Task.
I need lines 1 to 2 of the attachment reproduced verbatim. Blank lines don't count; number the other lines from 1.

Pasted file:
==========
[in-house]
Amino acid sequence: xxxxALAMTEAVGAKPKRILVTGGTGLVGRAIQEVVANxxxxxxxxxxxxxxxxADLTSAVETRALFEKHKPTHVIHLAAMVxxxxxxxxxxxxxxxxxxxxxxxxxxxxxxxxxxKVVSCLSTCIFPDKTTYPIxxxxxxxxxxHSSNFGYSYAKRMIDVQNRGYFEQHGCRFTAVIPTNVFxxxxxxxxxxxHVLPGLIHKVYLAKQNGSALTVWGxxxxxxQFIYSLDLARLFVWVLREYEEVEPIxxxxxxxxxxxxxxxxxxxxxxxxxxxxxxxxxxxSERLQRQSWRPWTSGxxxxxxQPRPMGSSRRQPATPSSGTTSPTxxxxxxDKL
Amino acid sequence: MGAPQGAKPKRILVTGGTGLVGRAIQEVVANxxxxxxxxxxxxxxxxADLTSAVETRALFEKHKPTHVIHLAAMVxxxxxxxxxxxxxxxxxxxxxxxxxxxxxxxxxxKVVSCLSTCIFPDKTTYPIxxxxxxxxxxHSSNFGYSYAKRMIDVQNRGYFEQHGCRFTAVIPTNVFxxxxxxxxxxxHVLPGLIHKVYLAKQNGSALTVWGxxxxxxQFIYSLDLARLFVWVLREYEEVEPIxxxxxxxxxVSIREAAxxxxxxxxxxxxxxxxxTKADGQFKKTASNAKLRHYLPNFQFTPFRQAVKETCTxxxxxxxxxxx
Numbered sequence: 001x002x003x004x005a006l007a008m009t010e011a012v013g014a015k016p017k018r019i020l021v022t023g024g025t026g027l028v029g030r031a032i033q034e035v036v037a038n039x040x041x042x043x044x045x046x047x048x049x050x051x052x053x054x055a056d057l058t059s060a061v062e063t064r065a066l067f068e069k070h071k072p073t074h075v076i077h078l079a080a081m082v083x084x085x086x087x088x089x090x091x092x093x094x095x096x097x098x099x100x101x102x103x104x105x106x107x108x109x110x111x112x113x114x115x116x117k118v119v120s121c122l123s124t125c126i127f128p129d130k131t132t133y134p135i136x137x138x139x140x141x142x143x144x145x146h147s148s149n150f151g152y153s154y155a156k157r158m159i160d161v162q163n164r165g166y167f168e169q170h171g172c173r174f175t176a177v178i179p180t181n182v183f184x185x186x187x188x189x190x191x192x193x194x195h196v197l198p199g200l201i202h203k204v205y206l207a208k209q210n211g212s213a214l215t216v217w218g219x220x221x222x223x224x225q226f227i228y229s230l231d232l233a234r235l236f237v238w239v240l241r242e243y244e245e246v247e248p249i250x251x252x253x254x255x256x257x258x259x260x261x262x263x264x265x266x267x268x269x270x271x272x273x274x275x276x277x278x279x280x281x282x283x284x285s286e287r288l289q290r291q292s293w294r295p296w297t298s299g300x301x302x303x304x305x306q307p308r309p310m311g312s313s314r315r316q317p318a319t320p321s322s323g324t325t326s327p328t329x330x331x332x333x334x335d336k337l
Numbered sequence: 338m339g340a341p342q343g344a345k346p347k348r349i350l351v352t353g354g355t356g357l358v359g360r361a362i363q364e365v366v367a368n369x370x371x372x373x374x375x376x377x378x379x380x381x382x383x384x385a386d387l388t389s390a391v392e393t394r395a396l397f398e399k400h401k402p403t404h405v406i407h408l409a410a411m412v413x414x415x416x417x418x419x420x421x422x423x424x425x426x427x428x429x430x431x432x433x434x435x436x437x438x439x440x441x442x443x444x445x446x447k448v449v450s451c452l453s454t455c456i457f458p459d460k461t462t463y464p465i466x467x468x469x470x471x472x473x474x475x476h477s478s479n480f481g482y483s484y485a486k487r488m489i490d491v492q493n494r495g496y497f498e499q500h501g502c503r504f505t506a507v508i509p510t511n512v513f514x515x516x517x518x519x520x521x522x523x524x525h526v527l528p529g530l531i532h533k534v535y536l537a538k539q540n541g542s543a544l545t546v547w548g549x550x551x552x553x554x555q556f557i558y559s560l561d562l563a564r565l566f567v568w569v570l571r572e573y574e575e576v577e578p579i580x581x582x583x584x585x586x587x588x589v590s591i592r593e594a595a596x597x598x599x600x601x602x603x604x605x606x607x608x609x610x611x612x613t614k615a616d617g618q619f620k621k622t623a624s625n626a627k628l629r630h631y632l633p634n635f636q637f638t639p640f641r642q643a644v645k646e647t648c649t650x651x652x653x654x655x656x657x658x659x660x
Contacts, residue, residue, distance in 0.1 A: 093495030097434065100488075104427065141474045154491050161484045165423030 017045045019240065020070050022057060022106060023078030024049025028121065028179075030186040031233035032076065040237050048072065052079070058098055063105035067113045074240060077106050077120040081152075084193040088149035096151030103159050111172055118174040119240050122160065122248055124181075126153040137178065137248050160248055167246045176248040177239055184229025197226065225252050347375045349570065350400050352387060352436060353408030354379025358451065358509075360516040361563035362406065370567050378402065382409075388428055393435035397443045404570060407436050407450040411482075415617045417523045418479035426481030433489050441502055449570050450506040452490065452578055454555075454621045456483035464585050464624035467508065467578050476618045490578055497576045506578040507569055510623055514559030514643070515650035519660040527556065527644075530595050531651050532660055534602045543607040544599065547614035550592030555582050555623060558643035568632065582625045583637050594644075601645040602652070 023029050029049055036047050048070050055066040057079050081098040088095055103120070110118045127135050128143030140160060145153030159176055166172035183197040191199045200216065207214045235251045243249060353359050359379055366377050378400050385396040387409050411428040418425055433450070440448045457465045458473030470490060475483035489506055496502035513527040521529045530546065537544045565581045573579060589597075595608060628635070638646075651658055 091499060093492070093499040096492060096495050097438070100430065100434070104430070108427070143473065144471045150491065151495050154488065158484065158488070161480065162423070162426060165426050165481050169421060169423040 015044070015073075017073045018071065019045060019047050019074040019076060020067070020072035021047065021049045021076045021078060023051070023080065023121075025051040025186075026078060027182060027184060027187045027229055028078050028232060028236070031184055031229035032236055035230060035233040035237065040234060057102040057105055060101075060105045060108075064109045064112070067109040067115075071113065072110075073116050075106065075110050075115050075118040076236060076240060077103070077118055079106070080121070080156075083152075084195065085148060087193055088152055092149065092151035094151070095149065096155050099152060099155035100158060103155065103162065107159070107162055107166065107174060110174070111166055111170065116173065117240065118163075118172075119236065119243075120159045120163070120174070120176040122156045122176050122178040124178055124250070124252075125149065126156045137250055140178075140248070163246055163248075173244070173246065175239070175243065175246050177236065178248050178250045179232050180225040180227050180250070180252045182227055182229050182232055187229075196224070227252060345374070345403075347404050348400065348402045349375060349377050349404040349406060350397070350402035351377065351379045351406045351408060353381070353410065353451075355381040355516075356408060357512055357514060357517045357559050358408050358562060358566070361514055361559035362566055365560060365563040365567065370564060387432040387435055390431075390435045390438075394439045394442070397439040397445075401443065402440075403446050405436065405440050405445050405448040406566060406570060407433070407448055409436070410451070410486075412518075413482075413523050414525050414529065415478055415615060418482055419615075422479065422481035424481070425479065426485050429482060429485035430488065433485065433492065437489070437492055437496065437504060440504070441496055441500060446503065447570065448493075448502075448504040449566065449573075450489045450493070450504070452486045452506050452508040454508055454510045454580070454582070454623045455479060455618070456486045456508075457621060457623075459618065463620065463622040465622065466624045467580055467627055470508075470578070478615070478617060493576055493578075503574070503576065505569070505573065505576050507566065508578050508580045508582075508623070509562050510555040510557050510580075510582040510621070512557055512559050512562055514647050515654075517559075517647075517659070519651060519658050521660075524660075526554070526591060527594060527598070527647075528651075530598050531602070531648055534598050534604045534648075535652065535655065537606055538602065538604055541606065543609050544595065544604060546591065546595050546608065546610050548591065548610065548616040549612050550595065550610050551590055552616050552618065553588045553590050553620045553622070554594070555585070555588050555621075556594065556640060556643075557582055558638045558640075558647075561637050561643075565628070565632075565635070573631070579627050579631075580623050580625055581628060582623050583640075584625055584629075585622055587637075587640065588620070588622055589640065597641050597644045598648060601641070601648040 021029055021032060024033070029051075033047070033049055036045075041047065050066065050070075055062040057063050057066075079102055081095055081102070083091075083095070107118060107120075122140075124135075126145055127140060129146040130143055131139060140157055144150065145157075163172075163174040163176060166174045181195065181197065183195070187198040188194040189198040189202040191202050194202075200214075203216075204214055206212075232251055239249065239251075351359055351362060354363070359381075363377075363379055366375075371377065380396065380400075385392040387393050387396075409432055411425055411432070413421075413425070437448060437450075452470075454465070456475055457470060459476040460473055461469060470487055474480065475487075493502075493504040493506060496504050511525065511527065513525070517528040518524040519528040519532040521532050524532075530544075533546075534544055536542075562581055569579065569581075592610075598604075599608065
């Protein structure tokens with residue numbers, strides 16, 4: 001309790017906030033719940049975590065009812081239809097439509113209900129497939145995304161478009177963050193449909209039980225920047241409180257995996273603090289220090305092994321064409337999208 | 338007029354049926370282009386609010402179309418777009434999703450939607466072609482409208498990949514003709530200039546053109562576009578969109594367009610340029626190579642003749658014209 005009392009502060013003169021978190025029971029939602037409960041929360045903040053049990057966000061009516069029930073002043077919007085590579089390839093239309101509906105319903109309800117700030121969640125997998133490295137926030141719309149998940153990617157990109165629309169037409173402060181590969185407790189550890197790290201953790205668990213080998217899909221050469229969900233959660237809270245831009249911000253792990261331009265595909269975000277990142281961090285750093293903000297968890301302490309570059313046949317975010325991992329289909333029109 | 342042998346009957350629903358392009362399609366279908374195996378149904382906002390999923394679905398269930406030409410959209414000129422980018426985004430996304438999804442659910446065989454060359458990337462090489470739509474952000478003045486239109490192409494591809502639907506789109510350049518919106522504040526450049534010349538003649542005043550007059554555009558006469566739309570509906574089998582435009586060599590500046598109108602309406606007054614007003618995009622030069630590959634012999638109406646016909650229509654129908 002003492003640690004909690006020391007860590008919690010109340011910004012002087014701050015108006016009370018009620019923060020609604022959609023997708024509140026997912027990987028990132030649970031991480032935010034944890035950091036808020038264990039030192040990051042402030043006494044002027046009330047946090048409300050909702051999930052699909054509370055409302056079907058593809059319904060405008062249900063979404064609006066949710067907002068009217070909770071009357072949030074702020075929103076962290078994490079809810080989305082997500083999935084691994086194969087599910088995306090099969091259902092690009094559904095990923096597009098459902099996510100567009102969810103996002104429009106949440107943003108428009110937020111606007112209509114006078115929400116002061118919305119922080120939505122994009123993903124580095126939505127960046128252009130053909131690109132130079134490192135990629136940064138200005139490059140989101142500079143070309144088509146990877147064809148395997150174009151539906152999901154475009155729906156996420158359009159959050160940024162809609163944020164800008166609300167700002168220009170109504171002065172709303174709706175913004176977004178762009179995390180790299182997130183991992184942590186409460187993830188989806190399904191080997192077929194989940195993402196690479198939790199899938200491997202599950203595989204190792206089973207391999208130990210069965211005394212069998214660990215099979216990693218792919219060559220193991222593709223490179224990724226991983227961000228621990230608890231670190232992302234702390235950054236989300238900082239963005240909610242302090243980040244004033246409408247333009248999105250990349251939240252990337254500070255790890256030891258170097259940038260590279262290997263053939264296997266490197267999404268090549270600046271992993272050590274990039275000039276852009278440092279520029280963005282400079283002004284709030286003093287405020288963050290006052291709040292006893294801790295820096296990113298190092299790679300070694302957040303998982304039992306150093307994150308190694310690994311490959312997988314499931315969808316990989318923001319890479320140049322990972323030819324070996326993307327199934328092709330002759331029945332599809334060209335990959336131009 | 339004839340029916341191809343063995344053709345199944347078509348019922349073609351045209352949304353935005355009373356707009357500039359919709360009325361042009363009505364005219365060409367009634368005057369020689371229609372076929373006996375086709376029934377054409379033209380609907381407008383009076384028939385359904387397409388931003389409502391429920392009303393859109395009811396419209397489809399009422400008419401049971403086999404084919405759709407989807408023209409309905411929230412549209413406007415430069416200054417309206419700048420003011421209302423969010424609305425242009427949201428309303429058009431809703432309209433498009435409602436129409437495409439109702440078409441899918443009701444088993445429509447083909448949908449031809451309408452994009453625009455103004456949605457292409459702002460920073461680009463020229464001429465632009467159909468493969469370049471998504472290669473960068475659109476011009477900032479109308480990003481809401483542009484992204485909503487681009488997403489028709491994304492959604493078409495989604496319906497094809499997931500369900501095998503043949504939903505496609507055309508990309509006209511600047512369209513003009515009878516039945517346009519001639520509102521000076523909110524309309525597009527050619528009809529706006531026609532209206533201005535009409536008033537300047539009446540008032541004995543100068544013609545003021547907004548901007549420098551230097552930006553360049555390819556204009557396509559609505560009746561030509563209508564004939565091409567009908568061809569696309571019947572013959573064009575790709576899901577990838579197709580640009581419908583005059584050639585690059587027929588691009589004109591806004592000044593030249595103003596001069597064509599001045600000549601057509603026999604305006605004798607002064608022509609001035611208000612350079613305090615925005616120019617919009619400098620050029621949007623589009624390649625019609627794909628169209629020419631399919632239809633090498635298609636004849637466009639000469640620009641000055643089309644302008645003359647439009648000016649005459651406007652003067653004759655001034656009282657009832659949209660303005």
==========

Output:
[in-house]
Amino acid sequence: xxxxALAMTEAVGAKPKRILVTGGTGLVGRAIQEVVANxxxxxxxxxxxxxxxxADLTSAVETRALFEKHKPTHVIHLAAMVxxxxxxxxxxxxxxxxxxxxxxxxxxxxxxxxxxKVVSCLSTCIFPDKTTYPIxxxxxxxxxxHSSNFGYSYAKRMIDVQNRGYFEQHGCRFTAVIPTNVFxxxxxxxxxxxHVLPGLIHKVYLAKQNGSALTVWGxxxxxxQFIYSLDLARLFVWVLREYEEVEPIxxxxxxxxxxxxxxxxxxxxxxxxxxxxxxxxxxxSERLQRQSWRPWTSGxxxxxxQPRPMGSSRRQPATPSSGTTSPTxxxxxxDKL